Re: Blumenbach and Boas

Ian Mast (imast@SUN.CIS.SMU.EDU)
Sun, 22 Jan 1995 23:23:30 -0600

letter had to do with the conflict of interest that Boas perceived in
regard to anthropologists working for the government during war time.

Many anthropologists who had worked abroad, especially in those areas
which were enemy territory, were employed by the government during the WW
I. In many cases, anthropologists were some of the few people who had
visited some of the more remote areas. For this reason, anthropologists
were able to offer reconaissance information as well as cultural

Boas believed that anthropologists who used their position to do "covert"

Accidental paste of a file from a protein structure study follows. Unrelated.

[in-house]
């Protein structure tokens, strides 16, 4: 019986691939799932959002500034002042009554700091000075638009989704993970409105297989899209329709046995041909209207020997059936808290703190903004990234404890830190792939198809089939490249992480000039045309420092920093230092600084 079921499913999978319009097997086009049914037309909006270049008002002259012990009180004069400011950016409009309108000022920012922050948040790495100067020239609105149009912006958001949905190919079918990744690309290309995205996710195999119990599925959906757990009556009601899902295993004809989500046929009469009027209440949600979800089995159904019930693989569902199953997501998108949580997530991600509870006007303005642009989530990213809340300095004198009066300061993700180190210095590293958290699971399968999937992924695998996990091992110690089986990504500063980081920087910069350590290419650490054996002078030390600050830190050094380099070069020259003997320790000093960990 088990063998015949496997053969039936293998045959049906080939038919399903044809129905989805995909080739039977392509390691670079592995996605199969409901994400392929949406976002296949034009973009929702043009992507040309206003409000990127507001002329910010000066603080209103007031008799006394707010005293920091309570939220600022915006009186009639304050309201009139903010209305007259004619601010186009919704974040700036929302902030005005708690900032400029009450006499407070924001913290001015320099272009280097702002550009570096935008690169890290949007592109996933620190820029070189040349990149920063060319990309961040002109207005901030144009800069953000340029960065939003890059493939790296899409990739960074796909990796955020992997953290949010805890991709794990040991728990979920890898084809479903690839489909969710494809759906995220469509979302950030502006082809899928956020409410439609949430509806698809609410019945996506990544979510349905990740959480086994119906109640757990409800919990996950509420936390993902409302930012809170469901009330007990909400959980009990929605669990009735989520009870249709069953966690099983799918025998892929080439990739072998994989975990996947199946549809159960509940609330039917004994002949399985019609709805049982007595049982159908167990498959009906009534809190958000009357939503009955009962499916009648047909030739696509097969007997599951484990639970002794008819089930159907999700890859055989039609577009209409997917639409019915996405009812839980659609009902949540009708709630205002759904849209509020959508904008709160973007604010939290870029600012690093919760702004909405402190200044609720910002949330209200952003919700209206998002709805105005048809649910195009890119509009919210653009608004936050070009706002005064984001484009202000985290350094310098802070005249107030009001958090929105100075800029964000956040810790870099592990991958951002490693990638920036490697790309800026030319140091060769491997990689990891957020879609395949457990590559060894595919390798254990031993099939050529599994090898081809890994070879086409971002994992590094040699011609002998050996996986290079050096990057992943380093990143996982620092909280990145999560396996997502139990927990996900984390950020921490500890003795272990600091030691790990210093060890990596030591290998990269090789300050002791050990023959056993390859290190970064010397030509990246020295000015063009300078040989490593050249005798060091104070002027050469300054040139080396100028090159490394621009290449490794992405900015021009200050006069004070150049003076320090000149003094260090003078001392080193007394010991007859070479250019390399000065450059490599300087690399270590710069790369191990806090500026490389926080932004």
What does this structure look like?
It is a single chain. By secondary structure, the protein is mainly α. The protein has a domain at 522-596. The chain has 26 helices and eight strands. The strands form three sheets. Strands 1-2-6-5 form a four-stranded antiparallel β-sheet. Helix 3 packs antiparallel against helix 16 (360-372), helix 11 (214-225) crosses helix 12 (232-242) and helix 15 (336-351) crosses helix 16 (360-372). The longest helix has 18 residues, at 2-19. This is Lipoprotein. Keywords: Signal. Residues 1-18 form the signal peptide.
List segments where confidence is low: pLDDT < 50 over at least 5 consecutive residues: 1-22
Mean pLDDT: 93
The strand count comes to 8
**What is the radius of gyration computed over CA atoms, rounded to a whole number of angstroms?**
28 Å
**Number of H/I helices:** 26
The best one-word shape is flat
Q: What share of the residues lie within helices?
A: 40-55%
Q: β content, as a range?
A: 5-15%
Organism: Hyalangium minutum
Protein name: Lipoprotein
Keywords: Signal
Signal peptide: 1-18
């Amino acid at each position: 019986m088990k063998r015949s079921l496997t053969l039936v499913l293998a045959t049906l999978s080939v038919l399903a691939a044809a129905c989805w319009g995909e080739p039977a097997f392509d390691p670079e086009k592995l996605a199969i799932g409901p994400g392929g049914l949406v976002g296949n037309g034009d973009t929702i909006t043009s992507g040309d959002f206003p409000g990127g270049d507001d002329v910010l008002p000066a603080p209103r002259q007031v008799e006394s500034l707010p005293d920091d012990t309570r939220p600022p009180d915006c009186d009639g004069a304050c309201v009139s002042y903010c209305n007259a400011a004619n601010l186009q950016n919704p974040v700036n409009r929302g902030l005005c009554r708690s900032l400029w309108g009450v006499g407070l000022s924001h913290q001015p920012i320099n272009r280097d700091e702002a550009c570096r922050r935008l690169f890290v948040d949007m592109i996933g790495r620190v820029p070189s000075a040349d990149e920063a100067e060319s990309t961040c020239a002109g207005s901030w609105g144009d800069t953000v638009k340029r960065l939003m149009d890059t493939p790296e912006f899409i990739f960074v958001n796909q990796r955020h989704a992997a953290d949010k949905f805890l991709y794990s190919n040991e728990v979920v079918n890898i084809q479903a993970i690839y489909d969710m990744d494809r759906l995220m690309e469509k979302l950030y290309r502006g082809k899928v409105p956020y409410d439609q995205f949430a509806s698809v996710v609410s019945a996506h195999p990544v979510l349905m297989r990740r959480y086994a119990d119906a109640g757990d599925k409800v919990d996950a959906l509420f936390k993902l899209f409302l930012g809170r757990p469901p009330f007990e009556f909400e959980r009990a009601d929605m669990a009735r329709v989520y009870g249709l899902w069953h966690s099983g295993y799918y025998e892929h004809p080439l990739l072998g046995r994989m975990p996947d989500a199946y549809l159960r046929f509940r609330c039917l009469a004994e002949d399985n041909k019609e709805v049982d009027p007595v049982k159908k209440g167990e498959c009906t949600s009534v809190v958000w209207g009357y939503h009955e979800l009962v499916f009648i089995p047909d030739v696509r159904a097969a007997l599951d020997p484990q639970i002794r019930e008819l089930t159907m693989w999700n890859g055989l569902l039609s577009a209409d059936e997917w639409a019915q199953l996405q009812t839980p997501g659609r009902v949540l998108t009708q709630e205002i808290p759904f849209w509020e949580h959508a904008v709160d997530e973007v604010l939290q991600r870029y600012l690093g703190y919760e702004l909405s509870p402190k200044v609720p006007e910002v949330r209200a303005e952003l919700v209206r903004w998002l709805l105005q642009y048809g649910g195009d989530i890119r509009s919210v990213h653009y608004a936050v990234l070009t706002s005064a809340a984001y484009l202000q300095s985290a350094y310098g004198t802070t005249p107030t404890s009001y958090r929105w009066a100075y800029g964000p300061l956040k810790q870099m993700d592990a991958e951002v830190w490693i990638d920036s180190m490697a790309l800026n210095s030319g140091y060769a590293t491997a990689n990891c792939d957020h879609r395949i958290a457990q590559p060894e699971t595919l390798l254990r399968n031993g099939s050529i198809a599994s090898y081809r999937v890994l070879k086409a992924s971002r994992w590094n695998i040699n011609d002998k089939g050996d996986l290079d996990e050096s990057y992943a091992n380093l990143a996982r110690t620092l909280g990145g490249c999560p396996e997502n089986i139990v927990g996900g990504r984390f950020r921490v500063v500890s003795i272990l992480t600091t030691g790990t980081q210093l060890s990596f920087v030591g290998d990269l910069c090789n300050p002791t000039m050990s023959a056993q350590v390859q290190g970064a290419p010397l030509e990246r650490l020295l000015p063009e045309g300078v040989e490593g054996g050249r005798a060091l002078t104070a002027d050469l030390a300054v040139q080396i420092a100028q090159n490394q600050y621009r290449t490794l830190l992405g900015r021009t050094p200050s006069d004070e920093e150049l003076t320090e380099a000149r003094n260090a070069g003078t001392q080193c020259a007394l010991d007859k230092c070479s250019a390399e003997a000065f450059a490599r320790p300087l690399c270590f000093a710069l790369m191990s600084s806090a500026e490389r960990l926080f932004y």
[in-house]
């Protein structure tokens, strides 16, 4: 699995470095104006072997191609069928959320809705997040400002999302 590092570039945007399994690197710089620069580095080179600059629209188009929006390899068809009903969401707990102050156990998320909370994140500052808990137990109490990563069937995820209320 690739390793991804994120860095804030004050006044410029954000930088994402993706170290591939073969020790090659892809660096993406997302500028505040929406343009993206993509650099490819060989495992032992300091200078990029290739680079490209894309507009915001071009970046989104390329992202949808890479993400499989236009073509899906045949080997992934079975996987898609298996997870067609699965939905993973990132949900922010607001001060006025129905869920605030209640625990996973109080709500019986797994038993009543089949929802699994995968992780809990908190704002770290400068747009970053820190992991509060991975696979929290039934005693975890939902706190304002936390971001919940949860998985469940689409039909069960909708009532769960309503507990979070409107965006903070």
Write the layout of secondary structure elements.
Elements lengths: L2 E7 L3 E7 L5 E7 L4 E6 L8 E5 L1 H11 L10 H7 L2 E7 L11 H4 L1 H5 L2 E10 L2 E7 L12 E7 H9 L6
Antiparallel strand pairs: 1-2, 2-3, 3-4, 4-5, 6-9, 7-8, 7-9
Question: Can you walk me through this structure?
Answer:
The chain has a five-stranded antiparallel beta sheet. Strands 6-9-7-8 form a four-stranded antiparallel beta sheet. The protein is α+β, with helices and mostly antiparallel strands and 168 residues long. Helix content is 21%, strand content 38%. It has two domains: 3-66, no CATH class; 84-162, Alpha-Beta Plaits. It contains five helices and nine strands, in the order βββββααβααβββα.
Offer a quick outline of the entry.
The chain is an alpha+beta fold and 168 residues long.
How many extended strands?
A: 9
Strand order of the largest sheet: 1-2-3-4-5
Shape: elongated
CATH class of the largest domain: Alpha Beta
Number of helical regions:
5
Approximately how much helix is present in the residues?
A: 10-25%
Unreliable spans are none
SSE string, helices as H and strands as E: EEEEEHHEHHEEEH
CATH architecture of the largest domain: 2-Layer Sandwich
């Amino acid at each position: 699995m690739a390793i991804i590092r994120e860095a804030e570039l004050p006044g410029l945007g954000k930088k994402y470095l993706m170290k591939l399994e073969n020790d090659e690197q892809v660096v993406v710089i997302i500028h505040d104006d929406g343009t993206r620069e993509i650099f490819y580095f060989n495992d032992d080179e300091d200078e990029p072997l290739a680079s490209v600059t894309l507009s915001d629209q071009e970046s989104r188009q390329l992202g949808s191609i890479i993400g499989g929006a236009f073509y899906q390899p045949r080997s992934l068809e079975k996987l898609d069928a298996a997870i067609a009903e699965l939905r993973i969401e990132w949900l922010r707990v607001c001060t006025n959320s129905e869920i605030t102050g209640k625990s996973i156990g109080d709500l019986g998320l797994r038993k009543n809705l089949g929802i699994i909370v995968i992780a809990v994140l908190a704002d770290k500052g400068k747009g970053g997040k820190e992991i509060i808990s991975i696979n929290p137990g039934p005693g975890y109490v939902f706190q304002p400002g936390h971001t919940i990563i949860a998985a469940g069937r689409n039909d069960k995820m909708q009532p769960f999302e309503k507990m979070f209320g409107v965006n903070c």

work for the government jeopardized the entire future of anthropology.
How would anthropologists be able to gain the trust of foreign peoples of
these same peoples believed the information they gave could be used
against them.

Boas was also fairly unhappy about US involvement in the war. (He grew up
in Germany.) I think in general, Boas wanted to keep the entities of
anthropology and politics separate. This was part of Boas's effort to
professionalize anthropology.

Anyway, I think that is the general context of the whole matter. More or

Ian Mast